Utilitarianism for me has attractions similar to those that egoism has for many others — not as a program for resolving ethical disagreement, or as a reforming doctrine, but, instead, as providing a foundation for ethics.

But I have not always been convinced of this. I first approached utilitarianism as many newcomers do, as Herbert Spencer (I believe mistakenly) did in Social Statics, conceiving of it as expediency leavened by experience. Not surprisingly, I rejected that notion. Indeed, in my early twenties I rejected utilitarianism with some vehemence, in no small part because of my reading of a variety of libertarian writers (Nozick, Rothbard). But it is worth noting that I rejected utilitarianism without having read the classical ethical theorists, Bentham, Mill, and Sidgwick. It was a rejection borne almost entirely out of ignorance.

I find most discussions amongst libertarians, today, about the unworkability, incoherence, or even idiocy of utilitarianism precisely what mine were: evidence of unfamiliarity with proponents’ actual arguments and over-reliance upon criticism by the doctrine’s most severe opponents.

Something happened between then (my early years thinking about ethics) and now. Actually, several things happened:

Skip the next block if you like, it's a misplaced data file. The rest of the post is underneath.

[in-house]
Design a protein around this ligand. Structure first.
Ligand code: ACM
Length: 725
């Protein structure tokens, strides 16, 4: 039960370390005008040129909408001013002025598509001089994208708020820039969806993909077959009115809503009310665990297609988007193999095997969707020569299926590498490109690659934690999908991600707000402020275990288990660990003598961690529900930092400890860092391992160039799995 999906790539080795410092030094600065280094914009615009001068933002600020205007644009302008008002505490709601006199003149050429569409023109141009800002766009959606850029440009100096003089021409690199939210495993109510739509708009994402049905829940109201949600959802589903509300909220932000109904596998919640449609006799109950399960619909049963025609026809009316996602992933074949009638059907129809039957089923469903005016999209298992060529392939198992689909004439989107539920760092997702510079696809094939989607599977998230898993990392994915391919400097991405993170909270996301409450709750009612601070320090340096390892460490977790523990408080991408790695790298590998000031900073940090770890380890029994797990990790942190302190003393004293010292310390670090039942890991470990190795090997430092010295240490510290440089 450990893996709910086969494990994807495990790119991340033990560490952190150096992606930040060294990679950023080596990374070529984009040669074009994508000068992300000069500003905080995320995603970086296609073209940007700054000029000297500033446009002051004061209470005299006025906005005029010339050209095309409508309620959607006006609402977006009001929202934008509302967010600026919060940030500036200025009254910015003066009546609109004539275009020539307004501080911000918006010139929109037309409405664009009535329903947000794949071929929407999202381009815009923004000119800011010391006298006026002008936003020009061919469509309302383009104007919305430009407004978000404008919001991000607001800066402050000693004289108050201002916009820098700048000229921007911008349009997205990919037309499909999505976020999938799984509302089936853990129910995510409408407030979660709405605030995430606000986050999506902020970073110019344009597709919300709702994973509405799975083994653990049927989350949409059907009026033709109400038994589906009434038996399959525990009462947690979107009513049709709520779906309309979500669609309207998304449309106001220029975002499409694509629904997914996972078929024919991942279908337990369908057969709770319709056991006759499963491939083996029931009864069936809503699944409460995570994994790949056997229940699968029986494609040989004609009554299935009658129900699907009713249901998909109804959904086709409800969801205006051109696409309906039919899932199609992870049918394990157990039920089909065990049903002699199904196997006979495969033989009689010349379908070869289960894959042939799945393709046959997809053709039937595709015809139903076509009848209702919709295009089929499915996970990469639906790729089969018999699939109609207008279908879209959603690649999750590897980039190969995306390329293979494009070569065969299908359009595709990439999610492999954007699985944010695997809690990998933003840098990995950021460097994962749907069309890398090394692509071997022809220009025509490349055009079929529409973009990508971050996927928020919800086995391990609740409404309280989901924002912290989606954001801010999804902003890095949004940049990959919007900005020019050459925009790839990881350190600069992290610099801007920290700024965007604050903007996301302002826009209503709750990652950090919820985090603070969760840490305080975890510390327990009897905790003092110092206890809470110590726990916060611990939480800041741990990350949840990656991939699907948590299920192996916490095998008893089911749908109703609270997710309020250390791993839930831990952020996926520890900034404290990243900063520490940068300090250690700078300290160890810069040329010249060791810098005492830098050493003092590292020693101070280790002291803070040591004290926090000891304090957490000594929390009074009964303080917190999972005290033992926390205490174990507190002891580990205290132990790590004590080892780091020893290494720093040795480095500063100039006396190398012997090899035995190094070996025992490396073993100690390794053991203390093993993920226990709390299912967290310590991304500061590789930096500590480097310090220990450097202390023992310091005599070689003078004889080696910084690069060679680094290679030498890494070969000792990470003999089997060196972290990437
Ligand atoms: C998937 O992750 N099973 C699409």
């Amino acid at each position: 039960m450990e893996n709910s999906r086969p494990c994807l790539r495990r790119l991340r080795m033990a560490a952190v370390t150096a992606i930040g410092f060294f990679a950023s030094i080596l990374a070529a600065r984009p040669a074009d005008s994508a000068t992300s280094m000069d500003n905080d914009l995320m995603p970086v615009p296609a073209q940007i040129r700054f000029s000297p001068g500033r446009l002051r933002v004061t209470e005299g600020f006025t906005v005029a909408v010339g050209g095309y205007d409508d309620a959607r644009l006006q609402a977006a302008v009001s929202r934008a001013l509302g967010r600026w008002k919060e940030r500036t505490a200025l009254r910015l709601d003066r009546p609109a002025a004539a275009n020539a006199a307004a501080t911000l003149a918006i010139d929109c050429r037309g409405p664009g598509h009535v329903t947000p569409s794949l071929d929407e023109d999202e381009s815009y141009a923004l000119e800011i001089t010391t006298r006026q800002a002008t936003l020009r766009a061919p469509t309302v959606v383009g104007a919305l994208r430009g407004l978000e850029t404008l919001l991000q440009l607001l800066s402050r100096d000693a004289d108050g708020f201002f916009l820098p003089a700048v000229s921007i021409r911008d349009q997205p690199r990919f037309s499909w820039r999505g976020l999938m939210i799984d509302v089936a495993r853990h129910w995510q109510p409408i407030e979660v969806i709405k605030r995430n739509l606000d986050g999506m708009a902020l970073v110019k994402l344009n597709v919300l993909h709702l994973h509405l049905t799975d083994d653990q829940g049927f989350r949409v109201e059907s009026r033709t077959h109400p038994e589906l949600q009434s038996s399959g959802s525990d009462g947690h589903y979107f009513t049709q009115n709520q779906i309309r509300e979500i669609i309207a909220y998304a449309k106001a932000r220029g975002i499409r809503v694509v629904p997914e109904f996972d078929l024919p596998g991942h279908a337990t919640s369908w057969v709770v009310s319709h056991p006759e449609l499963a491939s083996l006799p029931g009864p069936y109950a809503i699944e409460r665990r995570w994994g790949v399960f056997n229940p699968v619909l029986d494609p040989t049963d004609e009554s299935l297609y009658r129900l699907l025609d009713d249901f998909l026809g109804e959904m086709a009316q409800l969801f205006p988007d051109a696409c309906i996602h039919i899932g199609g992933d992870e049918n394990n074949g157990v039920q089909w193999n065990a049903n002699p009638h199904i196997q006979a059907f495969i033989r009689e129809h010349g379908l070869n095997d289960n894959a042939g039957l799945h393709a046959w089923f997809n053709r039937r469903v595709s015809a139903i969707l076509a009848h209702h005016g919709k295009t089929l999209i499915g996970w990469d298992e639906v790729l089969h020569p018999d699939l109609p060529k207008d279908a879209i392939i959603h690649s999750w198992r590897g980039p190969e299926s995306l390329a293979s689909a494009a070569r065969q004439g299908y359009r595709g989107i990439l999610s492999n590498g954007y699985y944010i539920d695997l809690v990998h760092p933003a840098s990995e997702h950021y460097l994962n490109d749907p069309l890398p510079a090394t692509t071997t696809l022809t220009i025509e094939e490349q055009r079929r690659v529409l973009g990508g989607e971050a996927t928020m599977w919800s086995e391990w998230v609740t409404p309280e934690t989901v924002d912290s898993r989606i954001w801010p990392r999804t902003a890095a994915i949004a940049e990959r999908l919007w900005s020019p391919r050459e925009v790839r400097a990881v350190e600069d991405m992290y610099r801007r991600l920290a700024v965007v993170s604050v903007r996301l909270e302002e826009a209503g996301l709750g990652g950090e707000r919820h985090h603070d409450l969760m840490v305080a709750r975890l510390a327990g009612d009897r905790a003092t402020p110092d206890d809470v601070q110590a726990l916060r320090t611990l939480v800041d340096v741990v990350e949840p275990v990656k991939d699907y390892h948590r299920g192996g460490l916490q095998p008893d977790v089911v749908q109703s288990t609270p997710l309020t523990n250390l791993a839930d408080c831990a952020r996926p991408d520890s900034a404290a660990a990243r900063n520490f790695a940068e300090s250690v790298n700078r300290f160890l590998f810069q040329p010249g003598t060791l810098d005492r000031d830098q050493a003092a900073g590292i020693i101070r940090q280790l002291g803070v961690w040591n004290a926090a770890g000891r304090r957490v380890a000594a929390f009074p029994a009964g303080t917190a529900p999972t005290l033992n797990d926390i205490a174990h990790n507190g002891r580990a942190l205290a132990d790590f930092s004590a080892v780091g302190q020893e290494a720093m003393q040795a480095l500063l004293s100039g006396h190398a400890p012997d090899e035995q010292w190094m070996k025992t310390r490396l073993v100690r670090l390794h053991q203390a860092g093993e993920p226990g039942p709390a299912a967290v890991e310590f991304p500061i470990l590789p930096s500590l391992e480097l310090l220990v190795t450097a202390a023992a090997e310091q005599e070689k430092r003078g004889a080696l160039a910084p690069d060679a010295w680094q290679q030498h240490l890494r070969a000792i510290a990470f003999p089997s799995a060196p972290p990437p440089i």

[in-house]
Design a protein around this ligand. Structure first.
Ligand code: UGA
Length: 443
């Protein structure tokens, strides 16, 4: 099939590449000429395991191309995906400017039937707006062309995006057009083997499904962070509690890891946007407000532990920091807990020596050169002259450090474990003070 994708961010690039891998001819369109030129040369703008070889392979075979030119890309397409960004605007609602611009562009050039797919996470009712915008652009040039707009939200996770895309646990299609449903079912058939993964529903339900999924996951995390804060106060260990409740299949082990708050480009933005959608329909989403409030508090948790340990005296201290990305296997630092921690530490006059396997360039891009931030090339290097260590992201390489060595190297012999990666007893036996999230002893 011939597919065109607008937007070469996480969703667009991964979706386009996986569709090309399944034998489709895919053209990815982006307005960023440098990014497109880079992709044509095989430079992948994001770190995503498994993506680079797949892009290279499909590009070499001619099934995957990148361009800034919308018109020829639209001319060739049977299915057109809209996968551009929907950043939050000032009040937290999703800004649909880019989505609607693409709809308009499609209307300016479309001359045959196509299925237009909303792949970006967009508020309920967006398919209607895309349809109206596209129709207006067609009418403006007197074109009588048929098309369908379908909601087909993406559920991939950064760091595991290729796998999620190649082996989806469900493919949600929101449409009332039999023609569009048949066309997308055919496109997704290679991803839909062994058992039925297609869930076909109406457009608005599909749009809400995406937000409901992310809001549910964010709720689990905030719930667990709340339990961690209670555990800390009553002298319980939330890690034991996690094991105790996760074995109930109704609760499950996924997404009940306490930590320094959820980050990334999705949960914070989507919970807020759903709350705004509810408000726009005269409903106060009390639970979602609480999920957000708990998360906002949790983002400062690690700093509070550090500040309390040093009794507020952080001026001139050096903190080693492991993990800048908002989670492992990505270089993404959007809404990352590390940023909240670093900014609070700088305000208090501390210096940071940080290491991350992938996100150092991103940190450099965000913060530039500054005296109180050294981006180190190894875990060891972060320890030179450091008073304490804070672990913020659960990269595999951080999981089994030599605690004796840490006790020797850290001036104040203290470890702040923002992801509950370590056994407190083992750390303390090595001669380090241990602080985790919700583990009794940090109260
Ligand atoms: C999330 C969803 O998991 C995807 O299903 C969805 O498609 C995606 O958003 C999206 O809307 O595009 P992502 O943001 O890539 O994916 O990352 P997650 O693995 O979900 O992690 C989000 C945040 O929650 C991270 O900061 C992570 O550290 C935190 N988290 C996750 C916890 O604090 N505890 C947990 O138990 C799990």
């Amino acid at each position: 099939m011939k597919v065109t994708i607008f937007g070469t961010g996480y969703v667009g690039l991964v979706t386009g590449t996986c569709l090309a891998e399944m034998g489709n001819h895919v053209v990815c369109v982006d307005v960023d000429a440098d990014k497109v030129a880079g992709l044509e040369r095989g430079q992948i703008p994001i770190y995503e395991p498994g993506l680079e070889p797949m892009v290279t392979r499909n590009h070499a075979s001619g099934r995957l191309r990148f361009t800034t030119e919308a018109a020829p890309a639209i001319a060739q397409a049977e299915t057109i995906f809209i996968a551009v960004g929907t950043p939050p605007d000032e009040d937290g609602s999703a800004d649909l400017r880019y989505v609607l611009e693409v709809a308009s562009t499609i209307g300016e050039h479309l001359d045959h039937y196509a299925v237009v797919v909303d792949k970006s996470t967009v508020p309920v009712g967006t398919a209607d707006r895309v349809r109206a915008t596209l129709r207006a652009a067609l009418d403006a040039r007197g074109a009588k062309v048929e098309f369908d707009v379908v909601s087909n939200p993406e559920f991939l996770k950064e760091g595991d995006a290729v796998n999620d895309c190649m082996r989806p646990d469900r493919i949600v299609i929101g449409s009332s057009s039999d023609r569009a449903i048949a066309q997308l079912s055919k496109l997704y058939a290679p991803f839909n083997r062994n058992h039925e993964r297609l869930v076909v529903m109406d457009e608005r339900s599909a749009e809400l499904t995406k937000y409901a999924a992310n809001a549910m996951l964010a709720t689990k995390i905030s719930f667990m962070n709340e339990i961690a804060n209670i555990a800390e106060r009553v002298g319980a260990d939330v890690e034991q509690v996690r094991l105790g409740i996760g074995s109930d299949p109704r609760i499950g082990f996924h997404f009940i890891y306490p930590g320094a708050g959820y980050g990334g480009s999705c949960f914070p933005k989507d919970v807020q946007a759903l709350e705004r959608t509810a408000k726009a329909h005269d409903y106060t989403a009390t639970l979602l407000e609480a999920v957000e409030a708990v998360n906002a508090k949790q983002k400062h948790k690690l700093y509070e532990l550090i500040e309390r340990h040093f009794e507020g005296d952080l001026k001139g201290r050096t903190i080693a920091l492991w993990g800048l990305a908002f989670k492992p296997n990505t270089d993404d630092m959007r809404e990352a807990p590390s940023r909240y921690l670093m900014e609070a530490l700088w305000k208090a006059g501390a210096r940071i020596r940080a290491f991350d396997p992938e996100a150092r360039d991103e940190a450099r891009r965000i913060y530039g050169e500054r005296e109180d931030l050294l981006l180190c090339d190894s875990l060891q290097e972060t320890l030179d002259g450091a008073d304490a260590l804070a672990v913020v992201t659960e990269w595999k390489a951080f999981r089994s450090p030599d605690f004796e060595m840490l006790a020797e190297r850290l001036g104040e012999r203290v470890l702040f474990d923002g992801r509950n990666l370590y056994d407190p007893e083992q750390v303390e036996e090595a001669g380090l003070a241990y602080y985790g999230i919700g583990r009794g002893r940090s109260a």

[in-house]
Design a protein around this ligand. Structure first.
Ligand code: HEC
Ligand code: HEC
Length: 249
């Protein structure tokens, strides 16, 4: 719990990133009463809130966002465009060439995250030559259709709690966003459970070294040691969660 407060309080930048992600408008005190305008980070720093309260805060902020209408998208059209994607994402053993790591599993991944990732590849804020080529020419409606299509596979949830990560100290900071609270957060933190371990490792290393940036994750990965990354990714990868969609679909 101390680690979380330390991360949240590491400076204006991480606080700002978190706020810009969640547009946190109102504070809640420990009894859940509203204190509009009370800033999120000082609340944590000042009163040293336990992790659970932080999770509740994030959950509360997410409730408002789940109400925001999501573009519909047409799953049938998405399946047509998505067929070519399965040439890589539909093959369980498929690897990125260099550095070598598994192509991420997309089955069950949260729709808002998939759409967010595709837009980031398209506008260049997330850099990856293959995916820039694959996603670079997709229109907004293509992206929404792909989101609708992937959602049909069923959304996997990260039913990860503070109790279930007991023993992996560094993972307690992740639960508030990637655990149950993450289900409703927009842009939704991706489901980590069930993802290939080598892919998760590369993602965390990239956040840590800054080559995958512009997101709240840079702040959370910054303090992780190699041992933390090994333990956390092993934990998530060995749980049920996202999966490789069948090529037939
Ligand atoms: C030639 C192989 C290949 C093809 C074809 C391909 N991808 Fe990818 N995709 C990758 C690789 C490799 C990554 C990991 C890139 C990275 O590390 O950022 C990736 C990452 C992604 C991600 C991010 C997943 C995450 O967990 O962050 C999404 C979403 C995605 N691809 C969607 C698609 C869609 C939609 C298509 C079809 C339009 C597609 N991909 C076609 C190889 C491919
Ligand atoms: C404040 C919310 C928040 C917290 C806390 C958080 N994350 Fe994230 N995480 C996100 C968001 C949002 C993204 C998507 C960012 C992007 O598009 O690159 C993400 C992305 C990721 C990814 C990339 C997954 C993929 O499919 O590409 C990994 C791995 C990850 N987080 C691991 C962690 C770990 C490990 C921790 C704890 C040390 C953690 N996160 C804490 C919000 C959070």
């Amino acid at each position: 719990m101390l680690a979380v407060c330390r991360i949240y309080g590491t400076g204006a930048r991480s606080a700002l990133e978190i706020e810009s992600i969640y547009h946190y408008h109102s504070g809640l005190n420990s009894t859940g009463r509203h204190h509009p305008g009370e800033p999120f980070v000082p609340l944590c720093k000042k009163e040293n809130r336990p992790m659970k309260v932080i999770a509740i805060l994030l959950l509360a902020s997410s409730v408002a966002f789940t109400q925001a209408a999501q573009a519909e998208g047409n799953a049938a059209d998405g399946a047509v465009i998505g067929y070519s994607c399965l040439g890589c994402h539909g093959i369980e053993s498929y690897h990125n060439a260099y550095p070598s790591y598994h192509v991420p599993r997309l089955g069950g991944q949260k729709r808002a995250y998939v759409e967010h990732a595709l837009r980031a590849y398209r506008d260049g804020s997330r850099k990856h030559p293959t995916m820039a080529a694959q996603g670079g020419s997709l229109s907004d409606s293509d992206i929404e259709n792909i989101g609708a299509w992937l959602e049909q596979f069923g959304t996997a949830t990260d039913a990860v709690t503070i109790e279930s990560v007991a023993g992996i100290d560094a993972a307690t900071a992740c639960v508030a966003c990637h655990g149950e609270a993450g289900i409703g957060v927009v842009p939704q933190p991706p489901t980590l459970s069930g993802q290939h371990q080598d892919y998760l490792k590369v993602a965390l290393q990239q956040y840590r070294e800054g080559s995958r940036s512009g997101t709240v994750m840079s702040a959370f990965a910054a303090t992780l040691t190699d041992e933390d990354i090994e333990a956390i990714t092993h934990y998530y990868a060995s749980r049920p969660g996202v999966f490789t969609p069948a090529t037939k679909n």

1. I actually read the classics of the field, particularly the leading works by Jeremy Bentham, J.S. Mill, and Henry Sidgwick.

2. I read no small part of the secondary literature, including incisive defenses of utilitarianism by careful thinkers such as J.J.C. Smart.

3. I read directly around the doctrine, particularly David Hume and Adam Smith, beforehand, and Herbert Spencer’s attempt to forge what he called a “rational utilitarianism,” during the doctrine’s heyday.

4. More important, I read further into economics, and finally grasped subjective value theory, which clarified what purchase utility has on everyday life.

This last was especially helpful, for some mistakes crept into utilitarianism early, a sort of scientism. And yet the chief clarifier, to my understanding, was Ludwig von Mises, and he remained a utilitarian. His students, particularly Rothbard, abandoned Mises’ position in favor of “Natural law,” which I had little sympathy with, because (as near as I could make out) it usually amounted to the philosophic equivalent of hand-waving. I was never convinced of Rothbard’s preferred views of ethics. He seemed to desire a kind of certainty — indeed, to demand a kind of certainty, to demand a kind of flavor — that belied what ethics must be in a world of subjective evaluation and value diversity.